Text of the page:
The rate on the 2-year note is inching closer to that of the 10-year, making that ordinarily upward sloping curve flatter. The 2-year rate is dangerously close to rising above the 10-year, in fact. That creates a topsy-turvy condition Wall Street analysts like to call "inversion," where the line of the slope shifts downward.
If the historic pattern holds, an inverted yield curve would mean recession is on the horizon. It won't be immediate, but recessions have followed inversions a few months to two years later several times over many decades.
"In a longer range chart going back to 1962, there has never been a recession that wasn't preceded by an inversion of the yield curve," explained Bespoke Investment Group in a note to clients earlier this year.
The rate on the 2-year has already jumped above the shorter-term 5-year note, a move that suggests the "economy is poised to weaken," DoubleLine Capital's Jeffrey Gundlach told Reuters in an interview on Tuesday. Gundlach, a noted bond investor, has been warning investors to be cautious.
Gundlach's comment and increased fears about an economic slowdown pushed the Dow Jones Industrial Average down as much as 600 points at midday on Tuesday.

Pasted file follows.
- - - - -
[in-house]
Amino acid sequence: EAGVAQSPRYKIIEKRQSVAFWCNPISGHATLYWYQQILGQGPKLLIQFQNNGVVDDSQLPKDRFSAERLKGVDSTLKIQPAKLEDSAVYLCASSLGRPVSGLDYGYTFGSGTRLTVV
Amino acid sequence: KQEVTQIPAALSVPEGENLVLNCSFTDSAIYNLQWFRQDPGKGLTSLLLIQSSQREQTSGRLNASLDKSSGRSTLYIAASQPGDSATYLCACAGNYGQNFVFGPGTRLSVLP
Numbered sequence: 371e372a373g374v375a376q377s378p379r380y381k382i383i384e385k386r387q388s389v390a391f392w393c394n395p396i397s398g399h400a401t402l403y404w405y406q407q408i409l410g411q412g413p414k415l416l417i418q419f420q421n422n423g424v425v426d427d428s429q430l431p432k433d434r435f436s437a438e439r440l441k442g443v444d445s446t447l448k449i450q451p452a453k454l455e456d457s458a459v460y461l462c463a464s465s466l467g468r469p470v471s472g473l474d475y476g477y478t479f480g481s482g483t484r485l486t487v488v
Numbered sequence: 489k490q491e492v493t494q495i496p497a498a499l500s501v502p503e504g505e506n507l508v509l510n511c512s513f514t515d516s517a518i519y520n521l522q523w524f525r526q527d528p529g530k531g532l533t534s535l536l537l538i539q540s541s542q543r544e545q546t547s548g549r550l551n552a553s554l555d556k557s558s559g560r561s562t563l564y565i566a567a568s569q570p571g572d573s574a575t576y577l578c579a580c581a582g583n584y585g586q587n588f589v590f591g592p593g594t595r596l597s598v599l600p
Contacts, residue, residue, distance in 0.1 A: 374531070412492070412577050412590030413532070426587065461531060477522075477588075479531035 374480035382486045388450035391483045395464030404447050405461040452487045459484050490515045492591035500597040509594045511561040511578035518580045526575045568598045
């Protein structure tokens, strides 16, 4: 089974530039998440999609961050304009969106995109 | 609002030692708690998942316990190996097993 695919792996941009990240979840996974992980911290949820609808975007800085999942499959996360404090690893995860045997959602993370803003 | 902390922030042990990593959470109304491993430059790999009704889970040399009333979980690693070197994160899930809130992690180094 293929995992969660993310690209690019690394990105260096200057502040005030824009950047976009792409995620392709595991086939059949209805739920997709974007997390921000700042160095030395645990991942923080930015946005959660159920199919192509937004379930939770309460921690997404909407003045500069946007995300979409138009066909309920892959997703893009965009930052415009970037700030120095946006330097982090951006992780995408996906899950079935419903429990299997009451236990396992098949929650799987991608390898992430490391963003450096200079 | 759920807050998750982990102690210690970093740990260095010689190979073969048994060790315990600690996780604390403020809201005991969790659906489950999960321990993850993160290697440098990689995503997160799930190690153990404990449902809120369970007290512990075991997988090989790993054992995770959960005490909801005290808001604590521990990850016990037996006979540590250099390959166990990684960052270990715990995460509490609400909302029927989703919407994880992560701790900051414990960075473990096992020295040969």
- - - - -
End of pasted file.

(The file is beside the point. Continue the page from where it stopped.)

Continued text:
Some traders are focused on what these shifts in the bond market signal for the stock market, which has been on a nine-year bull run. At times when the curve has inverted, the S&P 500 was down an average of 1.9 percent 12 months later.
Michael Darda, the chief economist at MKM Partners, says people may be too focused on the wrong data. "Recession forecasting is fraught with difficulty, so it's important that we don't make it more difficult than it has to be by focusing on the wrong indicators, or, at a minimum, less reliable ones," he said in a note Tuesday, pointing out that the difference between the 2- and 5-year rates are not reliable indicators.
It is the difference between the 10-year and the 1-year that everyone should worry about, he said, and that shows no inversion, yet.